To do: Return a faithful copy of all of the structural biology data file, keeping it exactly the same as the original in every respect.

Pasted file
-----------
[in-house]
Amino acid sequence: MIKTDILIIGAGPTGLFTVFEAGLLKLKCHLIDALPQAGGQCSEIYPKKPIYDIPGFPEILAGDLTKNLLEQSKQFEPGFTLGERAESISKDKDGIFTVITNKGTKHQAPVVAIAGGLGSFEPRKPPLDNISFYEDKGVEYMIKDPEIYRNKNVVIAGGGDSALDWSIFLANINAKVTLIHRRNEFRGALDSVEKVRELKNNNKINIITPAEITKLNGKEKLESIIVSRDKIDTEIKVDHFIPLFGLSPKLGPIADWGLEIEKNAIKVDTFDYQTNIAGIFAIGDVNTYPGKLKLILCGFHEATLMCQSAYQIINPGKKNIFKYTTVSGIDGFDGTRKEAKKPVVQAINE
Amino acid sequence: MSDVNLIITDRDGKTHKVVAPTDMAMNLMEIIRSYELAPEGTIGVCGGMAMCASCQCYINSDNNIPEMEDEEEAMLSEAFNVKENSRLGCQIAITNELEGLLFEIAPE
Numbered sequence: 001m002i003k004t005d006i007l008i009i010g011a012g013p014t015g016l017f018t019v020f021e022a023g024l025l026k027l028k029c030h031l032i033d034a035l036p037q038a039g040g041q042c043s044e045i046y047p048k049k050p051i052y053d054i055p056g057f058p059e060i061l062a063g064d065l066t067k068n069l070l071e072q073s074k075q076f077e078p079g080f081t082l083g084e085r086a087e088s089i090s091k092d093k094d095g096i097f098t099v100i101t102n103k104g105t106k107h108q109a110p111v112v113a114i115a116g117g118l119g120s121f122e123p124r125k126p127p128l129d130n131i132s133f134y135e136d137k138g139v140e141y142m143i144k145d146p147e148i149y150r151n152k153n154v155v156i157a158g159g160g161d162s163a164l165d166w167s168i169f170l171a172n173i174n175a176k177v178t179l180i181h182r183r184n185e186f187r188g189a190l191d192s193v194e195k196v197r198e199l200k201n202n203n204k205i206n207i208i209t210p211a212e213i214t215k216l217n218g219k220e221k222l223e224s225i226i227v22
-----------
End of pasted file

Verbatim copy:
[in-house]
Amino acid sequence: MIKTDILIIGAGPTGLFTVFEAGLLKLKCHLIDALPQAGGQCSEIYPKKPIYDIPGFPEILAGDLTKNLLEQSKQFEPGFTLGERAESISKDKDGIFTVITNKGTKHQAPVVAIAGGLGSFEPRKPPLDNISFYEDKGVEYMIKDPEIYRNKNVVIAGGGDSALDWSIFLANINAKVTLIHRRNEFRGALDSVEKVRELKNNNKINIITPAEITKLNGKEKLESIIVSRDKIDTEIKVDHFIPLFGLSPKLGPIADWGLEIEKNAIKVDTFDYQTNIAGIFAIGDVNTYPGKLKLILCGFHEATLMCQSAYQIINPGKKNIFKYTTVSGIDGFDGTRKEAKKPVVQAINE
Amino acid sequence: MSDVNLIITDRDGKTHKVVAPTDMAMNLMEIIRSYELAPEGTIGVCGGMAMCASCQCYINSDNNIPEMEDEEEAMLSEAFNVKENSRLGCQIAITNELEGLLFEIAPE
Numbered sequence: 001m002i003k004t005d006i007l008i009i010g011a012g013p014t015g016l017f018t019v020f021e022a023g024l025l026k027l028k029c030h031l032i033d034a035l036p037q038a039g040g041q042c043s044e045i046y047p048k049k050p051i052y053d054i055p056g057f058p059e060i061l062a063g064d065l066t067k068n069l070l071e072q073s074k075q076f077e078p079g080f081t082l083g084e085r086a087e088s089i090s091k092d093k094d095g096i097f098t099v100i101t102n103k104g105t106k107h108q109a110p111v112v113a114i115a116g117g118l119g120s121f122e123p124r125k126p127p128l129d130n131i132s133f134y135e136d137k138g139v140e141y142m143i144k145d146p147e148i149y150r151n152k153n154v155v156i157a158g159g160g161d162s163a164l165d166w167s168i169f170l171a172n173i174n175a176k177v178t179l180i181h182r183r184n185e186f187r188g189a190l191d192s193v194e195k196v197r198e199l200k201n202n203n204k205i206n207i208i209t210p211a212e213i214t215k216l217n218g219k220e221k222l223e224s225i226i227v22